Airline Pilots, Copilots, and Flight Engineers


Salary Median (2020)


Projected Job Growth (2019-2029)

+2.8% (slower than the average)

Most Common Level of Education

Bachelor's degree


What Airline Pilots, Copilots, and Flight Engineers Do

Pilot and navigate the flight of fixed-wing aircraft, usually on scheduled air carrier routes, for the transport of passengers and cargo. Requires Federal Air Transport certificate and rating for specific aircraft type used. Includes regional, national, and international airline pilots and flight instructors of airline pilots.

Other Job Titles Airline Pilots, Copilots, and Flight Engineers May Have

Airbus Captain, Airline Captain, Airline Pilot, Captain, Check Airman, Co-Pilot, Commercial Airline Pilot, First Officer, Line Pilot, Pilot

How Leaders Describe a Typical Day at Work

C-130J Pilot ,

United States Air Force

My squadron currently gets deployed on missions all over the world, so I don't really have a typical day. We could do air drops, air medical evacuations, hurricane relief, human remains missions for fallen soldiers, cargo transport, humanitarian relief, and much more. Each mission comes with its own requirements and challenges.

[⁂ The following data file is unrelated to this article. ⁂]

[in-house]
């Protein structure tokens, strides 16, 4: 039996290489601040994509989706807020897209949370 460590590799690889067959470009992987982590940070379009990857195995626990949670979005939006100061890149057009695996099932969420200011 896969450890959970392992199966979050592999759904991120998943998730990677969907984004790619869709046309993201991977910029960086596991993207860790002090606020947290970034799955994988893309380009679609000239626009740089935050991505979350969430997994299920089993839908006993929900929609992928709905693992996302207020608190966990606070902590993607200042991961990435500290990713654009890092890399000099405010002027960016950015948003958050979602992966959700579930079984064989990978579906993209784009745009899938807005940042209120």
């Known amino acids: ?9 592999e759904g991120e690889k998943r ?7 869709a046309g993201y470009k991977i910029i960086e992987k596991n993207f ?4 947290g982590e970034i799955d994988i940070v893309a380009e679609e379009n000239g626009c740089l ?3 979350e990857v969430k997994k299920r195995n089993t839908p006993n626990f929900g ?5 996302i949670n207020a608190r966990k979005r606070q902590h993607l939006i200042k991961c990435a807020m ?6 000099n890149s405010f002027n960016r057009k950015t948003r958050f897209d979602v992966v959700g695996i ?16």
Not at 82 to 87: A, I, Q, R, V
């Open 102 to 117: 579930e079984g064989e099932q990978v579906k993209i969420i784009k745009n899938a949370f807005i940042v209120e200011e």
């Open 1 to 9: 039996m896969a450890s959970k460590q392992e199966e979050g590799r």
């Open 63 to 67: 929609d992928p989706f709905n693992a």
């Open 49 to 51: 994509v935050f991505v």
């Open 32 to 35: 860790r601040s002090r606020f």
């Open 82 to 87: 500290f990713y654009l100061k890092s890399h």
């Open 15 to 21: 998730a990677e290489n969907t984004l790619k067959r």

Pilot ,

AmeriFlight Cargo Airline

At 5:20 a.m., I check in with dispatch. I fill in paperwork, verify aircraft, check weather, and flight safety, I fly the plane to test it. I check the flight inside and out. Wait for cargo when done. Monitor cargo, making sure everything entering the plane is allowed. Using a specific balancing system to balance materials on board to then safely take them to their destination. If done, I go to the hotel at 5 p.m. If not, I restart process. Process can repeat up until 7 p.m. Mon-Fri or Mon-Sat.

Tasks & Responsibilities May Include

  • Use instrumentation to guide flights when visibility is poor.
  • Start engines, operate controls, and pilot airplanes to transport passengers, mail, or freight, adhering to flight plans, regulations, and procedures.
  • Work as part of a flight team with other crew members, especially during takeoffs and landings.
  • Respond to and report in-flight emergencies and malfunctions.
  • Inspect aircraft for defects and malfunctions, according to pre-flight checklists.

This page includes information from theO*NET 26.1 Databaseby the U.S. Department of Labor, Employment and Training Administration (USDOL/ETA). Used under theCC BY 4.0license. O*NET® is a trademark of USDOL/ETA.